Matthew had no desire to read, which made him the polar opposite of his father. The entire family was practically grief stricken at the young boy's non-literary habits; only Aldous was able to be patient with him. "Too early a passion for reading distracts from the powers of observation," he told everyone.

The whole family liked Italy, but Aldous was the only one who admired it, more in theory than in practice. Florence never suited him; it was more a place where culture had been rather than a city where it was. He chose Rome as the young family's landing spot. "After a third rate provincial town," he concluded, "colonized by English sodomites and middle-aged lesbians, a genuine metropolis will be lively." They could not stay in Italy, however, as fascism was in the air. They left Matthew in Belgium with his grandmother and took a boat to Bombay.

Aldous despised the architecture of Lahore, and loathed Kashmir worse. They kept incredibly active, fortified by a gnawing fear and the weight they burned off from their time in Florence. At Srinagar they visited the lunatic asylum.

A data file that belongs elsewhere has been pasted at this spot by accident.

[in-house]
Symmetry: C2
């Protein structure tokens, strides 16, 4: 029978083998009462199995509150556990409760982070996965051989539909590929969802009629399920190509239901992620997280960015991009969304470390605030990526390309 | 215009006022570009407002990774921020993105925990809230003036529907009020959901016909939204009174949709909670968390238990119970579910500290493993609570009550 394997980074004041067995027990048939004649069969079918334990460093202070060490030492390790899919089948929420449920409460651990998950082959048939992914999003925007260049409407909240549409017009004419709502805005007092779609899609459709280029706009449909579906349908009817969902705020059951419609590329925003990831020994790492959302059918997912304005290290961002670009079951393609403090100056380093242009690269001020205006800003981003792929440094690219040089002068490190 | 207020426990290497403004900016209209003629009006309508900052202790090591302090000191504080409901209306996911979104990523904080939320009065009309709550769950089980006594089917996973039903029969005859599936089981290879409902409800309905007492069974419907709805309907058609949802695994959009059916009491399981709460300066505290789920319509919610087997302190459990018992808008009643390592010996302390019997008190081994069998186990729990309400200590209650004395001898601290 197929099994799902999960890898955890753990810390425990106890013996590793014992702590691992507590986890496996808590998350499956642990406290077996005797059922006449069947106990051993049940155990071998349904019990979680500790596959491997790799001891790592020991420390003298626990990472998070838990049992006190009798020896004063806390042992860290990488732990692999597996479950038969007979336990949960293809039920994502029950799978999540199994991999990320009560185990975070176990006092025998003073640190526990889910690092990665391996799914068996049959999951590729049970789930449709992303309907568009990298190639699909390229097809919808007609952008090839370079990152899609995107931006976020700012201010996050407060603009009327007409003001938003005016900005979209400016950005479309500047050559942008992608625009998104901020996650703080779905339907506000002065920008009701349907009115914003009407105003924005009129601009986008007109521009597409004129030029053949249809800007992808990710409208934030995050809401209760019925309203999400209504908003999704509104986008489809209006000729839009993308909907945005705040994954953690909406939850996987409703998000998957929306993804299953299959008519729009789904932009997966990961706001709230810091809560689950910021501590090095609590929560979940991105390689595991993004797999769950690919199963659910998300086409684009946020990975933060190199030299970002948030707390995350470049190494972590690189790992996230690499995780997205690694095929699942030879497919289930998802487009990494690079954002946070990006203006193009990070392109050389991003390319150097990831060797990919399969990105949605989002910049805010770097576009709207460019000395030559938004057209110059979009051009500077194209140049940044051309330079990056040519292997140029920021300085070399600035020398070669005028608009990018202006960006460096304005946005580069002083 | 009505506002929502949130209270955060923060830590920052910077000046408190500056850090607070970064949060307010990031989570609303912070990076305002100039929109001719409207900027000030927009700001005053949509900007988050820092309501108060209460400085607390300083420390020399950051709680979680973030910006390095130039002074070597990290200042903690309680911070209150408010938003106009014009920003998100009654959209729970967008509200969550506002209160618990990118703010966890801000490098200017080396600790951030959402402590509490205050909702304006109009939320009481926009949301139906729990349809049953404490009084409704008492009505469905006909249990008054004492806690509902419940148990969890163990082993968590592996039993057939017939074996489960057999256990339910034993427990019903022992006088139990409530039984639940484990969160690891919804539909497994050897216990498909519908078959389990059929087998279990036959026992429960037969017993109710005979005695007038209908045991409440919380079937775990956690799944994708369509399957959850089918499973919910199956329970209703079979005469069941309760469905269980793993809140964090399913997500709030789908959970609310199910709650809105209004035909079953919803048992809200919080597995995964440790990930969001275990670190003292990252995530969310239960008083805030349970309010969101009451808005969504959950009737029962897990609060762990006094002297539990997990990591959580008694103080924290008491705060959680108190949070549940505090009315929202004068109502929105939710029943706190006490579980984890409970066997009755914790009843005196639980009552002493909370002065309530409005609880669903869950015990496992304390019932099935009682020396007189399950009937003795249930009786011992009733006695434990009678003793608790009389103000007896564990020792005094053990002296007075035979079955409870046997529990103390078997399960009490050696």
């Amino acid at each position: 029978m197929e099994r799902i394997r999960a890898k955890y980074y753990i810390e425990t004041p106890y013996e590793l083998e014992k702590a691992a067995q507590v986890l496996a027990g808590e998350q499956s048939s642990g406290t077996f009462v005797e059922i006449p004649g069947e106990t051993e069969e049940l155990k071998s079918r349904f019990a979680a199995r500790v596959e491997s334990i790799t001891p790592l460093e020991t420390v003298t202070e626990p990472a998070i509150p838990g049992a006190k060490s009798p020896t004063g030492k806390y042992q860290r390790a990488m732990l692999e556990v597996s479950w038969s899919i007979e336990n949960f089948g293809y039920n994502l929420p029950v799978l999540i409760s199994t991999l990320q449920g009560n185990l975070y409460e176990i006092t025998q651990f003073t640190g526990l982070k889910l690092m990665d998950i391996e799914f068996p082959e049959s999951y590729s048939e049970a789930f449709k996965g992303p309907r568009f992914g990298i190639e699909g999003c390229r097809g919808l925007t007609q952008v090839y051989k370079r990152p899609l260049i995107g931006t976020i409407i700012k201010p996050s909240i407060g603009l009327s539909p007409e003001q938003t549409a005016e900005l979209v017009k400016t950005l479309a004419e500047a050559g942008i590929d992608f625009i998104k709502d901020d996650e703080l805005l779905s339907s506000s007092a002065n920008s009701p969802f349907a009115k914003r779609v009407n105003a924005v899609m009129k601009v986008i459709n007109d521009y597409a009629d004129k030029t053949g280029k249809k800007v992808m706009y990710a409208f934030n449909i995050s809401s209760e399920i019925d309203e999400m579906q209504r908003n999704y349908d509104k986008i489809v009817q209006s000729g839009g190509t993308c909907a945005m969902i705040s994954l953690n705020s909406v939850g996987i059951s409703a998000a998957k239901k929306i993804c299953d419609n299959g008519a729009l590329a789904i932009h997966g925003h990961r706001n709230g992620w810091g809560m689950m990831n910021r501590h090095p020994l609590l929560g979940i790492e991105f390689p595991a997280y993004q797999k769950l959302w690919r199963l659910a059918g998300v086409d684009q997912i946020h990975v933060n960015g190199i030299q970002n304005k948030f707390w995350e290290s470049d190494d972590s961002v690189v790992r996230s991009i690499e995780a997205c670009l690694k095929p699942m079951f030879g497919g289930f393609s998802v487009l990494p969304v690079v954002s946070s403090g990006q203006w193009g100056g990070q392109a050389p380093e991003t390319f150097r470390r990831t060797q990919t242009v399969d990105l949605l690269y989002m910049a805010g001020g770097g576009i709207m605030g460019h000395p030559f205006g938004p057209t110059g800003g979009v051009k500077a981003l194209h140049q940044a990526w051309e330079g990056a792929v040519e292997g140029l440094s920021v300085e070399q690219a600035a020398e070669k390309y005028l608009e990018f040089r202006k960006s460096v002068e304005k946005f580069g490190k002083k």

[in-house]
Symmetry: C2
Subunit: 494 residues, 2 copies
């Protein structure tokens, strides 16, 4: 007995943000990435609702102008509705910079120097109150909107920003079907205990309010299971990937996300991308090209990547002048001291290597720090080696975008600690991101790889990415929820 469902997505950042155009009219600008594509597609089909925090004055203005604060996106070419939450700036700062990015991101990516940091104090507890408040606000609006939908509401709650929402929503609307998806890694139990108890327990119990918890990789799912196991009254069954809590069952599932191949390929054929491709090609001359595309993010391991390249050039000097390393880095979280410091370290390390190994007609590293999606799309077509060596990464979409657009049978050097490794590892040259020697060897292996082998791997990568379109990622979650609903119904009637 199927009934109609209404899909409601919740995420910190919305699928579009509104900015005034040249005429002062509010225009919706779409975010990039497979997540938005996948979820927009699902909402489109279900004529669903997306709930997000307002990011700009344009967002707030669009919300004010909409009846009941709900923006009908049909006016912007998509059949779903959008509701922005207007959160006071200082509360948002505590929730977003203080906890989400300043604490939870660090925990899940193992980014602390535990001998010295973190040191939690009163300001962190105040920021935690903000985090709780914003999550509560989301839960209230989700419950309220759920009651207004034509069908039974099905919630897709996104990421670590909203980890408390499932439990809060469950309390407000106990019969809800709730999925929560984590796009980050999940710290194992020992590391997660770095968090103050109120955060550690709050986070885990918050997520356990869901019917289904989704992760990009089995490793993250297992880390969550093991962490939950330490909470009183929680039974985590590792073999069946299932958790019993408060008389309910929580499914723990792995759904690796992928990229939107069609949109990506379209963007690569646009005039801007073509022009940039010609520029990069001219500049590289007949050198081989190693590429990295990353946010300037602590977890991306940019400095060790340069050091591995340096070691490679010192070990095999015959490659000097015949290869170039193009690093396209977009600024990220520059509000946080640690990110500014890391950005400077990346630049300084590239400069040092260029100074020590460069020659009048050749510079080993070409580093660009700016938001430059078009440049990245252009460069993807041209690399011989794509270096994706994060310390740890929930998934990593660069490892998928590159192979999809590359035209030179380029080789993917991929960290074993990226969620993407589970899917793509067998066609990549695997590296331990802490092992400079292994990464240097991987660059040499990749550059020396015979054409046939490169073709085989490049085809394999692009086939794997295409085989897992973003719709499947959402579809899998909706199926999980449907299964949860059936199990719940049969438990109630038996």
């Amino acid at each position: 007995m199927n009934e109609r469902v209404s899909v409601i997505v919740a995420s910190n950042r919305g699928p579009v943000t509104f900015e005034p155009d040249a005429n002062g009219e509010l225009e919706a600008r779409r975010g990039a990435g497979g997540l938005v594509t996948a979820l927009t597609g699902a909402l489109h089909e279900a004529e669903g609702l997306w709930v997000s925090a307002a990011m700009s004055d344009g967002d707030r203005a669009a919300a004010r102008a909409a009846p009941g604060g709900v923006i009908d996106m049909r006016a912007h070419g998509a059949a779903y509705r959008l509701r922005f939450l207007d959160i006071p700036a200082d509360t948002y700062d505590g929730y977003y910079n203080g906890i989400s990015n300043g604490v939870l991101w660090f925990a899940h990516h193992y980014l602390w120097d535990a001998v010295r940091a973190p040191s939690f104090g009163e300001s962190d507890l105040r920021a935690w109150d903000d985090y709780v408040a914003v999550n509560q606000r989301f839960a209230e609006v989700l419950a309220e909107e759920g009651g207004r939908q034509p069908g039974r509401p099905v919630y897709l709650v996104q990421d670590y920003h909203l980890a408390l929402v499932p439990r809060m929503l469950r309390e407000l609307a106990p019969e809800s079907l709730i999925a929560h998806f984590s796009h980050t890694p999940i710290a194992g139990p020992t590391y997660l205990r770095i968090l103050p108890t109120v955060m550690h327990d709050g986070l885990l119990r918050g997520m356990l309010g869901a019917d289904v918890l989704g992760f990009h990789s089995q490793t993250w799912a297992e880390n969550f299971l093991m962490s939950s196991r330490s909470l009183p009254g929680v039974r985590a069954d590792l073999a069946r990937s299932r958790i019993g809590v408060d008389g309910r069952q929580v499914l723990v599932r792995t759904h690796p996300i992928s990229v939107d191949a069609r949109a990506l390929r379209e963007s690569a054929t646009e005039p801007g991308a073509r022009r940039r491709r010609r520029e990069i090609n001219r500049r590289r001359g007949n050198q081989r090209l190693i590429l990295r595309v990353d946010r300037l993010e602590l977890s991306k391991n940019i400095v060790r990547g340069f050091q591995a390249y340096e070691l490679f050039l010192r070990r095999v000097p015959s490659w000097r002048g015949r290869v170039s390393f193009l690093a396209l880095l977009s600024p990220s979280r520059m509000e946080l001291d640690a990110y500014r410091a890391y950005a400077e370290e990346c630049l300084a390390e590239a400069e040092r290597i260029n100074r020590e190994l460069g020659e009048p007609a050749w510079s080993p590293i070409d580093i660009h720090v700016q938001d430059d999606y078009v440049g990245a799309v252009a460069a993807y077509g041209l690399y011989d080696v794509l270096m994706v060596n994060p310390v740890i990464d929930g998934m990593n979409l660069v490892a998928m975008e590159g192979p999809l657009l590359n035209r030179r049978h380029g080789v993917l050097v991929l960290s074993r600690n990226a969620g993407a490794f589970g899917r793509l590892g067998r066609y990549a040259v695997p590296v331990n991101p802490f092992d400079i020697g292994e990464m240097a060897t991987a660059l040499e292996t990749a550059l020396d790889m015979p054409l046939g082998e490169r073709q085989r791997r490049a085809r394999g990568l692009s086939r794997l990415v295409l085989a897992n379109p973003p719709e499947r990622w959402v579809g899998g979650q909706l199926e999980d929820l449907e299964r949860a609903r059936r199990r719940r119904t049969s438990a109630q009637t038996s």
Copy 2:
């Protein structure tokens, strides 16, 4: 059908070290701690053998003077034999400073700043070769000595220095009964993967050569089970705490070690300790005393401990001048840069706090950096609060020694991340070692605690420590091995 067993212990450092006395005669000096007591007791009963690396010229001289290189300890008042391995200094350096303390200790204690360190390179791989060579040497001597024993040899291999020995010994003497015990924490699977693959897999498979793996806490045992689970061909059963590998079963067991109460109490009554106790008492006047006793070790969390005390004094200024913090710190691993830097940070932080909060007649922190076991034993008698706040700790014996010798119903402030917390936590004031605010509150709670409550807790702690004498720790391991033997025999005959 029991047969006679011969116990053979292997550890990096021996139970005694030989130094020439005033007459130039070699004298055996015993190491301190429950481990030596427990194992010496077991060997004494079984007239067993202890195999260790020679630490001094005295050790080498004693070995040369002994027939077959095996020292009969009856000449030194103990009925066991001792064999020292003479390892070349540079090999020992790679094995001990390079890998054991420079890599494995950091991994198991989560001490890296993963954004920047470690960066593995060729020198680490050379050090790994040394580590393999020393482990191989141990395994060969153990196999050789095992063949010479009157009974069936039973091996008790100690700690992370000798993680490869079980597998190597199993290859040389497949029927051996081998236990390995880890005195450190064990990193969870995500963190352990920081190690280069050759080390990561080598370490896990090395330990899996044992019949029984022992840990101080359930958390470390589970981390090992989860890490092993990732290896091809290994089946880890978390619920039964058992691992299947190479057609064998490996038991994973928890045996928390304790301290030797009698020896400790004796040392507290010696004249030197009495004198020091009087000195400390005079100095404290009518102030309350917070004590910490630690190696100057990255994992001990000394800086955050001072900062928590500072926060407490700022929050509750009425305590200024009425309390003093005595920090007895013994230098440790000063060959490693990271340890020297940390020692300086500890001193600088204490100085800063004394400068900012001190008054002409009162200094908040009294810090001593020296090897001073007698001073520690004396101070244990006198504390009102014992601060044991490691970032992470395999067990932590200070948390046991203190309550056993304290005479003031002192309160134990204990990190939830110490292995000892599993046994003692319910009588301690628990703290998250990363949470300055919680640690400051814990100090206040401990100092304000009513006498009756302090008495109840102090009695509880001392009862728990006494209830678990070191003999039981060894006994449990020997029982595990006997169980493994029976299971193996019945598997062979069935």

Every place that they visited, Aldous asked question after question, ostensibly as research for a series of articles that helped pay for the journey. He also did it when he felt he did not have something himself to say.

An attempt to travel second class did not go well - a holy man spit his mucus all over their car - so they paid the extra rupees for first class, money they knew they should not be spending. Maria could barely eat the food. "India is depressing as no other country I have ever known," Aldous wrote. "One breathes in it, not air, but dust and hopelessness."

Aldous was most put off by the beliefs of the people he met. "A little less spirituality," he wrote, "and the Indians would now be free - free from foreign dominion and from the tyranny of their own prejudices and traditions. There would be less dirt and more food. There would be fewer Maharajas with Rolls Royces and more schools."